LOS ANGELES Out in Hollywood, the vision finally came to life. The Cubs believe they will one day be starring in October baseball.
So much has to happen before that becomes a reality, but the Cubs took a step forward on Sunday by green-lighting Brett Jackson and Josh Vitters from Triple-A Iowa.
Ready or not, the two former first-round picks will get a chance to show they belong alongside their buddy Anthony Rizzo and Starlin Castro, who at the age of 22 now seems like an old veteran on this team.
It was 83 degrees and sunny as Jackson looked all around Dodger Stadium.
I caught myself laughing a couple times: Youre kidding me right now? Jackson said after a 7-6 loss. (Its a) pretty indescribable feeling inspiring. I look forward to the days and hopefully years to come.
Jackson said it was hard to soak it all in. They were running on almost no sleep after getting the call from scoutingplayer development chief Jason McLeod late Saturday night and waking up for a 6 a.m. flight from Des Moines to Dallas, where they connected to Los Angeles.
In his big-league debut, Jackson went 2-for-4 with a walk, a run scored and a strikeout. That was all that seemed to be holding back the 24-year-outfielder from Cal-Berkeley, whose 158 strikeouts this season began to overshadow his 15 homers, 27 stolen bases and .817 OPS.
With the strikeouts, I wanted to be here and I knew how close I was and pushed myself a little too hard to be here, Jackson said. But Im here now and Im going to play my guts out and my heart out every day. Thats the type of player I am. Thats the type of player Ill always be.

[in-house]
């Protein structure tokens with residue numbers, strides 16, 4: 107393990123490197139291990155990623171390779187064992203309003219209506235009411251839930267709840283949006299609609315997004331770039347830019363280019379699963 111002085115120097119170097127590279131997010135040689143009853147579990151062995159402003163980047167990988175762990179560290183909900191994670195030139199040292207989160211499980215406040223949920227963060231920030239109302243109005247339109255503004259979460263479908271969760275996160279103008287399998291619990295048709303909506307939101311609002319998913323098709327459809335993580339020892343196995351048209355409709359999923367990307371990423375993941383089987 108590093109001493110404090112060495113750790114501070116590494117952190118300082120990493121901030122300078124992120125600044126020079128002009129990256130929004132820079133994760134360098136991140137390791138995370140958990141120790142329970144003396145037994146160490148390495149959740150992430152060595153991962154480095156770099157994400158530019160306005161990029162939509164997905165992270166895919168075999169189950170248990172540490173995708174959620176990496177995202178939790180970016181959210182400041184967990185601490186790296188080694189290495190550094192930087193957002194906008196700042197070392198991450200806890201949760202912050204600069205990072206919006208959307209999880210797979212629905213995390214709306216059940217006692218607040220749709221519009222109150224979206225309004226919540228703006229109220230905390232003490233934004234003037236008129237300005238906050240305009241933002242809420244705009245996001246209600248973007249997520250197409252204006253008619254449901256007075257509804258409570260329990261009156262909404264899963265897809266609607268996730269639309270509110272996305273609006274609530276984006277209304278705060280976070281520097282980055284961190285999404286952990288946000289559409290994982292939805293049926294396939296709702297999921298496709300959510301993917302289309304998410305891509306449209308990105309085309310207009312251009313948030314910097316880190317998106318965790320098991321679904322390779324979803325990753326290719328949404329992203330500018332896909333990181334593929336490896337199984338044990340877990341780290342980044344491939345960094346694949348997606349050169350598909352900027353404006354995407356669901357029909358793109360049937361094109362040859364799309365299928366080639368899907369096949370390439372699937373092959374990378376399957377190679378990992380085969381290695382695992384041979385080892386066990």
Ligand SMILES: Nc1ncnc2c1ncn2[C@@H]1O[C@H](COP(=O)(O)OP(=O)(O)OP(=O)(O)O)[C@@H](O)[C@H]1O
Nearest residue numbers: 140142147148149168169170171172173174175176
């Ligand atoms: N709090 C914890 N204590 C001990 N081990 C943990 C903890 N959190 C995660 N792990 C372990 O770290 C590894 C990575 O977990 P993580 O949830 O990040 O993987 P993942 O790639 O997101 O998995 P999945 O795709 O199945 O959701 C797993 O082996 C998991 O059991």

Jackson rolled in with Vitters, who at 22 finally seems to be living up to the promise that was seen when he became the No. 3 overall pick in the 2007 draft. Vitters was hitting .304 with 17 homers and 68 RBI in his first year on the Triple-A level.
Its really amazing, Vitters said. It seems like half the guys here are guys that started out in Iowa (or) Ive known and played with (while) growing up a little bit.
I really just couldnt think of a better situation to be in right now.
The same way that Jackson has struggled with strikeouts, the Cubs need to see improved defensive play from Vitters at third base. But now 20 games under .500, the Cubs (43-63) will use these final two months to see what theyve got.
It will be a good experience for both these guys, general manager Jed Hoyer said. They can help us win for sure and they can also figure out what they need to do up here to have success. Either way: If they have success, wonderful. And if they struggle a little bit, hopefully theyll learn from those struggles and they can spend the whole offseason working on those things.
We had that with Rizzo in San Diego. He came up and struggled and spent the whole winter working on (those) things and its obviously really helped him this time around. So I dont really see a downside for either one of these guys as far as their development goes in coming up here and experiencing what the big leagues are about.
The Cubs believe Jackson will benefit from working directly with manager Dale Sveum and hitting coach James Rowson.
Its big-league pitching, Jackson said. It goes up a level. Im excited to be here and work with James and Dale and improve as a hitter so that I can beat big-league pitching and hopefully dominate.
Jackson said that last word quietly, matter-of-factly, and his breezy confidence could become part of this teams identity.
This is what its going to be hopefully from here on out, Rizzo said. We all need to stick together. Theres going to be bumps. Theres going to be valleys. But we just got (to) come together and play hard, have each others back.
Rizzo launched a game-tying homer in the top of the ninth inning, a high-arcing shot that just cleared the right-field wall before another bullpen meltdown had Hanley Ramirez and the Dodgers piling on each other celebrating a walk-off win.
Theres plenty of time to write an alternate ending.
I thought we were going to get a little magic for my first game, Jackson said, but well save that for a later date.